After the loss of his wife, Satoshi has nearly lost everything, including his table tennis club. All he has left is his daughter Kaeda. He’s become absent-minded, becoming lost in a fog and even getting arrested for stealing in a grocery store. So when he tells Kaeda that he just saw a serial killer named Terumi, she thinks he’s in a fantasy all his own. But after he disappears, she realizes that things have become very real.
Director Shinzo Katayama has worked as Bong Joon-ho’s assistant director and this film shows that he’s been studying and working as his craft because this is a very assured film.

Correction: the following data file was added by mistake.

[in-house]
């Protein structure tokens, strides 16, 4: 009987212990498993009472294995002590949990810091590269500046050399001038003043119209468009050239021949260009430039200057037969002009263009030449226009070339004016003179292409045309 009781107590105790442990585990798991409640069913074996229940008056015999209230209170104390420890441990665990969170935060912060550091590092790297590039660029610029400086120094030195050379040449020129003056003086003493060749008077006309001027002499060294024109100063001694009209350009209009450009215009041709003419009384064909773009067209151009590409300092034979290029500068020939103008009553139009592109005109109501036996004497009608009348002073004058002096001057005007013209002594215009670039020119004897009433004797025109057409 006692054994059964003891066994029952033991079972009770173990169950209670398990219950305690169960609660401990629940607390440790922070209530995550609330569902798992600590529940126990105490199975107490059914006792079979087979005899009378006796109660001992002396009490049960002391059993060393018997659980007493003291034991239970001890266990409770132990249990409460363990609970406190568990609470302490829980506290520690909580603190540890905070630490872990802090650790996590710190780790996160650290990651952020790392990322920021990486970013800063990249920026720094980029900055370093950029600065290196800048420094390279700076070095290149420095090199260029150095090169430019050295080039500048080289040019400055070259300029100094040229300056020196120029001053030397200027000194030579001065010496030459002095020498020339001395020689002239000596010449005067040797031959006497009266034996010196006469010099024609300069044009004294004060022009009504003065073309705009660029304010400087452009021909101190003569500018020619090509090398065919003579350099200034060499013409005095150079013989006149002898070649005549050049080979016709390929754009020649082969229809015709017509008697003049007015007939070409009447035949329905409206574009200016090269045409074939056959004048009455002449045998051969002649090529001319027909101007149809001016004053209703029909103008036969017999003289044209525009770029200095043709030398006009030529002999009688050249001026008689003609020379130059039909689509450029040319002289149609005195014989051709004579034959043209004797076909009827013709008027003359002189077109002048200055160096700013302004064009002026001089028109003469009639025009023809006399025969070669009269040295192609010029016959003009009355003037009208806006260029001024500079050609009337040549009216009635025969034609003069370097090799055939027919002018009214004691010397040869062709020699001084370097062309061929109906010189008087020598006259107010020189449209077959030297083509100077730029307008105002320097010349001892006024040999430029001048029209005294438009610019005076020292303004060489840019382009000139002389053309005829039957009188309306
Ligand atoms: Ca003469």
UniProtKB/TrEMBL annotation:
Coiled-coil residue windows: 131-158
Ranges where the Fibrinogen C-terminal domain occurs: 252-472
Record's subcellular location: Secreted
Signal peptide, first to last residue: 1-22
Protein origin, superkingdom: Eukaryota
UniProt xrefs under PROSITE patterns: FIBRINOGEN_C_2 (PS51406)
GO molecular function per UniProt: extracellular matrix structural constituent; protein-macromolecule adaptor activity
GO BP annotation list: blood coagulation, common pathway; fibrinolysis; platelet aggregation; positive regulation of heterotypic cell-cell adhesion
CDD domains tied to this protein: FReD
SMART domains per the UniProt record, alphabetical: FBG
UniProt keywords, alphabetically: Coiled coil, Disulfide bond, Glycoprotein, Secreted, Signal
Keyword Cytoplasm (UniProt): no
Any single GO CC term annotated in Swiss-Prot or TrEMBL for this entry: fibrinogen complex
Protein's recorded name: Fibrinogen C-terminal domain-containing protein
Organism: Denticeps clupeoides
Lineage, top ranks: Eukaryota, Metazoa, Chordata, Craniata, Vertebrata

Kaeda has been forced to grow up, not just because of the loss of her mother, but because her father is drifting away. All he can do is drink and dream and cry and she has also become almost a mother to him. Terumi, the killer that her father is trying to capture, tells his victims that he’s helping them with their suicide, but he’s actually a heartless killer who commits these acts because he feels that life has lost any sense of beauty.
This is a bleak film and it might be too much for some. Yet if you love movies that explore the bonds between fathers and daughters, as well as man’s inhumanity, it’s worth your time.
I watched Missing at Fantastic Fest.
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